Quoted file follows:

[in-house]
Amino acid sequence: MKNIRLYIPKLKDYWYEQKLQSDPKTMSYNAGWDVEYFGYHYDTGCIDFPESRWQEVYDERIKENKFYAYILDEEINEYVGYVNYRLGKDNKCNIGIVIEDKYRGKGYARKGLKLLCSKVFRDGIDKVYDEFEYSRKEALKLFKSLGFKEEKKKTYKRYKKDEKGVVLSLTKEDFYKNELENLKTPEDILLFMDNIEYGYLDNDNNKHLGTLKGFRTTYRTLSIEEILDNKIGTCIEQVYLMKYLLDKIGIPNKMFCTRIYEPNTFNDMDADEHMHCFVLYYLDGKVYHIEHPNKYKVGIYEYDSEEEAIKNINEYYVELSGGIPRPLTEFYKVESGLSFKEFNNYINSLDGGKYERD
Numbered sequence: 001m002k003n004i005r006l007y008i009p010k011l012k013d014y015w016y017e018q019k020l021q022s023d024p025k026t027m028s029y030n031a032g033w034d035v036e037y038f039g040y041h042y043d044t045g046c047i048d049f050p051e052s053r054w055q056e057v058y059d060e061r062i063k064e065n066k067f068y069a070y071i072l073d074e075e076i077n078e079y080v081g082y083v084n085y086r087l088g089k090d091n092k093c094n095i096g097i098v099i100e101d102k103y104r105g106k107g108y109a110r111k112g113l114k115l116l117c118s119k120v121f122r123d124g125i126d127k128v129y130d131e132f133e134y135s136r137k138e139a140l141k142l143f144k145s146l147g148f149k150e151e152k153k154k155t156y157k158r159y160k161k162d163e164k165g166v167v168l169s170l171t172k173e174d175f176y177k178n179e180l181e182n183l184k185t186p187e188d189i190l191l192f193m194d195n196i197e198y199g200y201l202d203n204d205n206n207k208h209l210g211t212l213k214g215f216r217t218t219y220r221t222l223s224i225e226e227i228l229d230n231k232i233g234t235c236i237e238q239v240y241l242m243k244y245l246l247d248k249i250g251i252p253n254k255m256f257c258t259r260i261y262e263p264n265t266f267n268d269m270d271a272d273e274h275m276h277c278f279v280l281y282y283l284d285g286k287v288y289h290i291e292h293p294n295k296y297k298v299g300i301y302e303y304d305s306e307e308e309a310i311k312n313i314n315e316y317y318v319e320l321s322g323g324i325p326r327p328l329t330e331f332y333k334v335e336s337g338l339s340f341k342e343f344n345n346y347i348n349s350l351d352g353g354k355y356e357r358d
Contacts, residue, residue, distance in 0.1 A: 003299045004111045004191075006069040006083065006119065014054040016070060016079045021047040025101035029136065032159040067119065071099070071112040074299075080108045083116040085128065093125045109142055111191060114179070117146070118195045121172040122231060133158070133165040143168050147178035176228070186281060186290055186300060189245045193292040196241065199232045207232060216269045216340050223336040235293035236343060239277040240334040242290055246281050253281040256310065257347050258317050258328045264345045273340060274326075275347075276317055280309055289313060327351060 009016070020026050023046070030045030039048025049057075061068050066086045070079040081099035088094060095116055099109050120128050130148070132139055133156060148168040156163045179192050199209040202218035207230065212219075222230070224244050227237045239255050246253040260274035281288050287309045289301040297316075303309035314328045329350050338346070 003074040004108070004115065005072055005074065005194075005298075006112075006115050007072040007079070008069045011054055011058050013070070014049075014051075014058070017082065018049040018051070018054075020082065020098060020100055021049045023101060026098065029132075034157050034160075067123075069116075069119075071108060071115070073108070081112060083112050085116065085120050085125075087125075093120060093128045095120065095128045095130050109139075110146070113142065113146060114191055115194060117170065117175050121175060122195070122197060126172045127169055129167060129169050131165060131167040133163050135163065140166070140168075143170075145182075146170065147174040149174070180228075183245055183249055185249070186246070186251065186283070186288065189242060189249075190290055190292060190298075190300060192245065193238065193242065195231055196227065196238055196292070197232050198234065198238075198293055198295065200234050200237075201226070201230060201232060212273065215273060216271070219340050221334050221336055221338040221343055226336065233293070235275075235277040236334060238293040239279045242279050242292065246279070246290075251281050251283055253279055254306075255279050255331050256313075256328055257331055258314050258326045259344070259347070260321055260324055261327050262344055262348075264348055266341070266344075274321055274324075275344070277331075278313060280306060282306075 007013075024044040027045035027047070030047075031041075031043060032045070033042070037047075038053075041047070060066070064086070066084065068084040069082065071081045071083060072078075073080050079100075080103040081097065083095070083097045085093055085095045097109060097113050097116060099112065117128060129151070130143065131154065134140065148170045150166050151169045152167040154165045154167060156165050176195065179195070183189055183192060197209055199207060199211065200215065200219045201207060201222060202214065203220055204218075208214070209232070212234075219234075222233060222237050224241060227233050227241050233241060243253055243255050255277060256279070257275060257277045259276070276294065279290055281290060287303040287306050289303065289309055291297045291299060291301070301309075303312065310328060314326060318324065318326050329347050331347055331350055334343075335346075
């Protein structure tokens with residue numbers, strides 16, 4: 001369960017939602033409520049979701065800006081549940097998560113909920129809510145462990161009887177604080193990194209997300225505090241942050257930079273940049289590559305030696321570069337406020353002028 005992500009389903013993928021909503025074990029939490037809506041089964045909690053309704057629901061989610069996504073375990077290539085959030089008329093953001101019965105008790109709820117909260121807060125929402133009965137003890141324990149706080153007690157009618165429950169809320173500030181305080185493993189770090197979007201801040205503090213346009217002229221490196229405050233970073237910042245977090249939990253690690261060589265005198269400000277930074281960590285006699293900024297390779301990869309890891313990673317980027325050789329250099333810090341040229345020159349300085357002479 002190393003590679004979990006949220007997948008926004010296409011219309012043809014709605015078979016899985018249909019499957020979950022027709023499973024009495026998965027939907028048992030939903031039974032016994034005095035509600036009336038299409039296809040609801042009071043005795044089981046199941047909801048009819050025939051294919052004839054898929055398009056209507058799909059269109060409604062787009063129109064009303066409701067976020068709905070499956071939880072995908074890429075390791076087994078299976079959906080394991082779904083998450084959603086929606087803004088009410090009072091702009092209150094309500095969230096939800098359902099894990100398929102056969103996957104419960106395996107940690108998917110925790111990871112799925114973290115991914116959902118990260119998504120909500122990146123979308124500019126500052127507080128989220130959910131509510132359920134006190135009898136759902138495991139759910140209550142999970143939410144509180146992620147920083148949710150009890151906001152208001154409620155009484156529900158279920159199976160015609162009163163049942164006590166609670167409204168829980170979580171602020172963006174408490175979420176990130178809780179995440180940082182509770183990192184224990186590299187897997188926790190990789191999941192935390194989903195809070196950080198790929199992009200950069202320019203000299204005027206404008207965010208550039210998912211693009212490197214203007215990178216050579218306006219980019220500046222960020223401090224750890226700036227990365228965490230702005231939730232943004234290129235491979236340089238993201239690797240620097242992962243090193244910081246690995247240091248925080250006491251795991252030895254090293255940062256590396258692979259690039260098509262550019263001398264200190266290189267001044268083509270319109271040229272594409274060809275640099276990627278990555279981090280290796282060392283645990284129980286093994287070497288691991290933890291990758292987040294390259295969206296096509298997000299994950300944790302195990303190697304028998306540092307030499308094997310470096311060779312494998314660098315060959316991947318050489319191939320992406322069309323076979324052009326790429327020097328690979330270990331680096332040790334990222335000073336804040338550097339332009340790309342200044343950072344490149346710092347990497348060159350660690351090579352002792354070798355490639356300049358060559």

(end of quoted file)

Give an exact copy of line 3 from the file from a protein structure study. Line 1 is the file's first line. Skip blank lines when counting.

Numbered sequence: 001m002k003n004i005r006l007y008i009p010k011l012k013d014y015w016y017e018q019k020l021q022s023d024p025k026t027m028s029y030n031a032g033w034d035v036e037y038f039g040y041h042y043d044t045g046c047i048d049f050p051e052s053r054w055q056e057v058y059d060e061r062i063k064e065n066k067f068y069a070y071i072l073d074e075e076i077n078e079y080v081g082y083v084n085y086r087l088g089k090d091n092k093c094n095i096g097i098v099i100e101d102k103y104r105g106k107g108y109a110r111k112g113l114k115l116l117c118s119k120v121f122r123d124g125i126d127k128v129y130d131e132f133e134y135s136r137k138e139a140l141k142l143f144k145s146l147g148f149k150e151e152k153k154k155t156y157k158r159y160k161k162d163e164k165g166v167v168l169s170l171t172k173e174d175f176y177k178n179e180l181e182n183l184k185t186p187e188d189i190l191l192f193m194d195n196i197e198y199g200y201l202d203n204d205n206n207k208h209l210g211t212l213k214g215f216r217t218t219y220r221t222l223s224i225e226e227i228l229d230n231k232i233g234t235c236i237e238q239v240y241l242m243k244y245l246l247d248k249i250g251i252p253n254k255m256f257c258t259r260i261y262e263p264n265t266f267n268d269m270d271a272d273e274h275m276h277c278f279v280l281y282y283l284d285g286k287v288y289h290i291e292h293p294n295k296y297k298v299g300i301y302e303y304d305s306e307e308e309a310i311k312n313i314n315e316y317y318v319e320l321s322g323g324i325p326r327p328l329t330e331f332y333k334v335e336s337g338l339s340f341k342e343f344n345n346y347i348n349s350l351d352g353g354k355y356e357r358d